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Published October 2nd 2013
Get your animal groove on
Restaurant manners compel us to keep our elbows off the table, to chew with our mouths closed and to start from the outside of the cutlery and work our way in.
But thornier etiquette questions arose when I spent two nights at glorious Currumbin Beach while attending the Swell Sculpture Festival 2013. That is, how many visits to a single restaurant in a single weekend is too many? And shall I sit upstairs or downstairs this time?
Elephant Rock Cafe is about as close as you can get to the ocean without wetting your toes. Image courtesy Elephant Rock Cafe facebook page.
I have adored the Elephant Rock Café since it opened in 1990. It's been through a few incarnations since then, but it's always retained that cool beach vibe. And, having re-emerged after a complete renovation in 2007, I reckon it's better than ever these days.
Situated just across the road from the pristine white sands and patrolled surf of Currumbin Beach, your food is served with complimentary side orders of salty air, sea breeze and ocean views.
The décor rocks the effortlessly chic Hamptons look, all wooden floors, dark wicker chairs, white ceilings and walls. The floors are fetchingly, if unintentionally, dusted with sand.
The menu? Where to start? Breakfast options are, in keeping with the philosophy of this gourmet gem, fresh, healthy and with a splash of surprise.
Bircher muesli, banana bread (house baked with vanilla mascarpone, strawberries and maple syrup) and avo toast (fresh avocado on Turkish with sea salt, cracked pepper a wedge of lime) are among the lighter options.
Those with a more substantial early morning appetite will enjoy scrambled eggs or tofu, eggs benedict or breakfast bruschetta (pesto-covered ciabatta toast with roasted Roma tomatoes, grilled haloumi, field mushroom, rocket and a poached free-range egg).
Freshly-squeezed juice and just-blended smoothies are always available - the watermelon laced with mint is especially sublime. Lunch can be as informal as burgers, wraps and sandwiches, or a substantial three-course affair.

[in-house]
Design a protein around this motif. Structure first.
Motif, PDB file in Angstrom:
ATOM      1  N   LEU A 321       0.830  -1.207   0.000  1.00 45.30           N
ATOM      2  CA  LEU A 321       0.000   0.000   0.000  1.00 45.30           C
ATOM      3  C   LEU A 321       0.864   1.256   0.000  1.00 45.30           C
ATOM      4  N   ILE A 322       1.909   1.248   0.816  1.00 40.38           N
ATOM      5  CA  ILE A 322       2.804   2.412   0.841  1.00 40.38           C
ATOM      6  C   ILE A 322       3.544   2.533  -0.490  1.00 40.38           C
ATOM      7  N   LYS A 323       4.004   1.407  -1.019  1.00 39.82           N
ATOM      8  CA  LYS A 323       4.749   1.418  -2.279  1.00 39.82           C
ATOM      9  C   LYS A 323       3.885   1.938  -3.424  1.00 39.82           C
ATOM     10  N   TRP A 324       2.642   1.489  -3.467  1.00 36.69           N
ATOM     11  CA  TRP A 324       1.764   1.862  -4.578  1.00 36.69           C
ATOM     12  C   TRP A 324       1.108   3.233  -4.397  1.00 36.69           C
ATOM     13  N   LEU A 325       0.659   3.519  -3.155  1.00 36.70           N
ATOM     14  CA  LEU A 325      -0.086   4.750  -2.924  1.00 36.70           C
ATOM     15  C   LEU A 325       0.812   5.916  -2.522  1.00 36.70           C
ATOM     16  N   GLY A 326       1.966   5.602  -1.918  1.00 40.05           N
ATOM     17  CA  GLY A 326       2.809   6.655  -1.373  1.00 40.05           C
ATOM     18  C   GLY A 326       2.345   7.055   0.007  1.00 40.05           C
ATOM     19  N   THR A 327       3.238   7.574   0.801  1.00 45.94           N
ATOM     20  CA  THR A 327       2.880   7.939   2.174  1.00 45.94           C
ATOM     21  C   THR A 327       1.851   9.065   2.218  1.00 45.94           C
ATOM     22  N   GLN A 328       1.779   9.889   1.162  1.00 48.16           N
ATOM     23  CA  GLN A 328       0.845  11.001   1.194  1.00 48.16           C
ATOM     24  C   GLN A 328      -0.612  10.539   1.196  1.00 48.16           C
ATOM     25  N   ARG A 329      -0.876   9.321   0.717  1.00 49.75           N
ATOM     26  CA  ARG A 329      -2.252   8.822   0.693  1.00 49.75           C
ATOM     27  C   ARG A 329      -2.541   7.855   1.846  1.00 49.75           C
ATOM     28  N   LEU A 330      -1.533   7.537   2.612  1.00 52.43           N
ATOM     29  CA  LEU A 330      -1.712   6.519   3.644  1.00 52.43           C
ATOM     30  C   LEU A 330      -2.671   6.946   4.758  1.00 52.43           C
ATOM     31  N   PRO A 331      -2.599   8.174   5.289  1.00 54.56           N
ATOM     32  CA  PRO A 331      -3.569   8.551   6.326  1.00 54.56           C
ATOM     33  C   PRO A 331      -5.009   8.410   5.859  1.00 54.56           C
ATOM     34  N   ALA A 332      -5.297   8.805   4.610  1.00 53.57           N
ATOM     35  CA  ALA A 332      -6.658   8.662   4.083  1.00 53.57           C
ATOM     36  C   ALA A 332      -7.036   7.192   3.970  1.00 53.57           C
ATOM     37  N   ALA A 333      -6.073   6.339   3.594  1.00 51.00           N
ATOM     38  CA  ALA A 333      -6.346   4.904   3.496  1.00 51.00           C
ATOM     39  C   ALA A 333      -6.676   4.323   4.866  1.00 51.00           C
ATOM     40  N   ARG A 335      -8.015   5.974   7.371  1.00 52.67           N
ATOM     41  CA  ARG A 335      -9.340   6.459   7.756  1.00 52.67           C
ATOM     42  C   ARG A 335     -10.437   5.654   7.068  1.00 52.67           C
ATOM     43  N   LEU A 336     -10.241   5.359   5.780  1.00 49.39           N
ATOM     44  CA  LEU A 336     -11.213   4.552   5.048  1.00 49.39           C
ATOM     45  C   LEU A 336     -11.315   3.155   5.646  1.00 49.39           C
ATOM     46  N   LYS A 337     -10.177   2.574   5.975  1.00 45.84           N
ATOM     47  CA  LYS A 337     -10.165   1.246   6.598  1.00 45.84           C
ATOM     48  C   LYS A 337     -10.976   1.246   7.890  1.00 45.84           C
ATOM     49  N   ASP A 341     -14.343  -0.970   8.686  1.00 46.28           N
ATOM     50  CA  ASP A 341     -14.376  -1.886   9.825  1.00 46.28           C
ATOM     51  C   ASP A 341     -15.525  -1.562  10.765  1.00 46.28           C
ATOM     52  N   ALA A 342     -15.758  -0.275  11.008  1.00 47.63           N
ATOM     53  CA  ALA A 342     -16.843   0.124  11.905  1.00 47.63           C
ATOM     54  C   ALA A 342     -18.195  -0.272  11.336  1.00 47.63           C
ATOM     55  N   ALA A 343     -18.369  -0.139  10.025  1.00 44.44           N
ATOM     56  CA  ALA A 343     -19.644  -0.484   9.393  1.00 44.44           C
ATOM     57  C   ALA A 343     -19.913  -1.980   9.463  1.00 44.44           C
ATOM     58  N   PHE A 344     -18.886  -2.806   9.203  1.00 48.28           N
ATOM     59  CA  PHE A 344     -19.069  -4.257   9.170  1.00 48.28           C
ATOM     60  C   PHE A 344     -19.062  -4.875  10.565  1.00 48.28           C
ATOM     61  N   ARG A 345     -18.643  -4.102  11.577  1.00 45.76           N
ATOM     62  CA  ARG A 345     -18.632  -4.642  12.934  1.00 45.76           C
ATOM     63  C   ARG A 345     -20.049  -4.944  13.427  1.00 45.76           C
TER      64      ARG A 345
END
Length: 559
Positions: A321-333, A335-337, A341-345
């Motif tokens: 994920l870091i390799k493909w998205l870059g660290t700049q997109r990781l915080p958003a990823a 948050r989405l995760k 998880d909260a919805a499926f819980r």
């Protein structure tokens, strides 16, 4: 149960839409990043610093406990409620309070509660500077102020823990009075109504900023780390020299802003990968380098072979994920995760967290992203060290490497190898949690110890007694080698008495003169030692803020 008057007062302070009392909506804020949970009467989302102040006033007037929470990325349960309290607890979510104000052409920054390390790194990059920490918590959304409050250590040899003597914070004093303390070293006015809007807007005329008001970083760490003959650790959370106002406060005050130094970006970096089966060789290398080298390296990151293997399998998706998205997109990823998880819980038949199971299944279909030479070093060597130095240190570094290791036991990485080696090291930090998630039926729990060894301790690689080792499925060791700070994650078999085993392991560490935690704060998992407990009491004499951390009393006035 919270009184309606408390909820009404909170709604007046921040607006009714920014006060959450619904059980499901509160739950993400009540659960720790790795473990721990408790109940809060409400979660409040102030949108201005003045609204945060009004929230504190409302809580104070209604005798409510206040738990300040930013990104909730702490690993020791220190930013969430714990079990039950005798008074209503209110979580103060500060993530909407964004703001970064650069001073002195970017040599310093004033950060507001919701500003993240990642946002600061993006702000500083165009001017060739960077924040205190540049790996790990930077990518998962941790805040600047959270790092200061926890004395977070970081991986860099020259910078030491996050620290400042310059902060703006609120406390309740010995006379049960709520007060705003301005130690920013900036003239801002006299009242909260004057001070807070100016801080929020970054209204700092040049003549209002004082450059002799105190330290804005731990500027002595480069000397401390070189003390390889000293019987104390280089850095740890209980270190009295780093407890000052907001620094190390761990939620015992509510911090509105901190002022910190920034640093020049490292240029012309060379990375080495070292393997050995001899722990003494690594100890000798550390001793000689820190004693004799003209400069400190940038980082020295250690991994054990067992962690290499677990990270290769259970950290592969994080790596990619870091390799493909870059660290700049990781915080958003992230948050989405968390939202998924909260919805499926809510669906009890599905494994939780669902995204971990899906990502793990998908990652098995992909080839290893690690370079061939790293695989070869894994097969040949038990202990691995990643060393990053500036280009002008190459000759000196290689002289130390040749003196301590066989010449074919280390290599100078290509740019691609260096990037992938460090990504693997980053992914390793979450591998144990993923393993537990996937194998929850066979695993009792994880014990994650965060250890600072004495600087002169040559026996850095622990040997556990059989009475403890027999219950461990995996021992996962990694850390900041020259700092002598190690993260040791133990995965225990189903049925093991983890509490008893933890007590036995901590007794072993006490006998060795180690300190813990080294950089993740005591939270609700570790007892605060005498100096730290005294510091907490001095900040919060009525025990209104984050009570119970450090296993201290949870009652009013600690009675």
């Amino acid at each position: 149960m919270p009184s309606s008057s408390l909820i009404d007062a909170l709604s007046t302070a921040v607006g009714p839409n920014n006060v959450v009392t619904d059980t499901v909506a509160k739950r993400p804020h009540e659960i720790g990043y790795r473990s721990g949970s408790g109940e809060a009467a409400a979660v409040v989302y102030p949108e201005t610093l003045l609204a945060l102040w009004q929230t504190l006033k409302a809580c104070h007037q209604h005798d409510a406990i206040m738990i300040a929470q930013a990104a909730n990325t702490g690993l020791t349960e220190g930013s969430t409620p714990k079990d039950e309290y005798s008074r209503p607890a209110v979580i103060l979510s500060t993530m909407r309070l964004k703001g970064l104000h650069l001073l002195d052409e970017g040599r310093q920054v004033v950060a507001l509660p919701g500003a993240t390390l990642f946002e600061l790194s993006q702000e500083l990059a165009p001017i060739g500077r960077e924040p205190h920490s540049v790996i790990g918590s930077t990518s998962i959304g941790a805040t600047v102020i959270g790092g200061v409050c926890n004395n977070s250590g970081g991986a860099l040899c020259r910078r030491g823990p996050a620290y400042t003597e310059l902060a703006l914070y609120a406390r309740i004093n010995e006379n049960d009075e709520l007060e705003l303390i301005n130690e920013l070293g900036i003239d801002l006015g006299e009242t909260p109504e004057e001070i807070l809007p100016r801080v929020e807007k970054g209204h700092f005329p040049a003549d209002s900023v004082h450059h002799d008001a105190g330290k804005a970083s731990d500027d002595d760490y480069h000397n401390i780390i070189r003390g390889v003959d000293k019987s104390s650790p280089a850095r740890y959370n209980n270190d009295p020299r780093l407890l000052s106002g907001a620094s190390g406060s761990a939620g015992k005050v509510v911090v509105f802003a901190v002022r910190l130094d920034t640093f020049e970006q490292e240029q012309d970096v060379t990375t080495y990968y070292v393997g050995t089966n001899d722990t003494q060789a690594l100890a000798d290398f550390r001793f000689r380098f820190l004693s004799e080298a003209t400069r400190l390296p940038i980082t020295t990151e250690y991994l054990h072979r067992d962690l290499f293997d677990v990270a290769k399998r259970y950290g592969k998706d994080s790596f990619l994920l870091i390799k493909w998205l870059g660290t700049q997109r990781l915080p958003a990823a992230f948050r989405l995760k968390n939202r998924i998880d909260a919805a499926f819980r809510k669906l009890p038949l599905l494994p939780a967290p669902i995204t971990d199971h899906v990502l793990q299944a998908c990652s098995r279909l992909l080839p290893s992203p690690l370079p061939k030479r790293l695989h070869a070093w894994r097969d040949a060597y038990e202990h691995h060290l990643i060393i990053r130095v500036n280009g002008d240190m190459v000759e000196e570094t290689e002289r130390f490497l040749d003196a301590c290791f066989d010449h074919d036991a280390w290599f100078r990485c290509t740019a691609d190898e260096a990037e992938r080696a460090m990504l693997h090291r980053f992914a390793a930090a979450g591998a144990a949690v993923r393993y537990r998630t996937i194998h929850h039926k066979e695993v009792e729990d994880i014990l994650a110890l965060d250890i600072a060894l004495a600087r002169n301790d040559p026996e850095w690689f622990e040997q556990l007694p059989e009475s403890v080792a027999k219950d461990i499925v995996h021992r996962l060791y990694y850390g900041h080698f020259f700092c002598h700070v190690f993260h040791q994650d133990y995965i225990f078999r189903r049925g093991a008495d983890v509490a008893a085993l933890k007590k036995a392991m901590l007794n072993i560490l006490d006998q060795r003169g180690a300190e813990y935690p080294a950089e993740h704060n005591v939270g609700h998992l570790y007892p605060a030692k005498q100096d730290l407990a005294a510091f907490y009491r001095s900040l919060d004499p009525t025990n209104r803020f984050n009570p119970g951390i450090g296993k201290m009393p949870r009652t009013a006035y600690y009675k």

Lunch and dinner menu items change according to the seasons, but typically entrees include tempura oyster with wasabi mayonnaise and wakame salad, sweet potato seafood chowder, confit duck risotto, or the 'longboards' we sampled, which offer a tapas-style tasting plate of olives, meats, seafood, dips and bread.
Main course items include whole field mushroom stuffed with ricotta, home-made tofu and sweet peppers; prawn, lemon & pea risotto topped with crispy prosciutto; seafood linguini (with just the right amount of chilli) and the ubiquitous fish of the day (which on our visit was a generous fillet of barramundi).
The service at Elephant Rock Cafe has been up and down over the years, but on our three most recent visits, it was fresh, fast and friendly. The only minor niggle was a spotlight attached to a rogue motion sensor above us one night - the vagaries of which meant we were periodically plunged into darkness (making us all the more grateful for the tealight candle on our table).
The view from Elephant Rock Cafe is the perfect backdrop to a meal. Author image.
The Elephant Rock Cafe is also a great place for people-watching. Diners can enjoy a passing parade of surfers, sunbathers, dog walkers, skateboarders and other assorted sand-dwellers - all of which contribute to the prevailing theme of 'life's a beach'.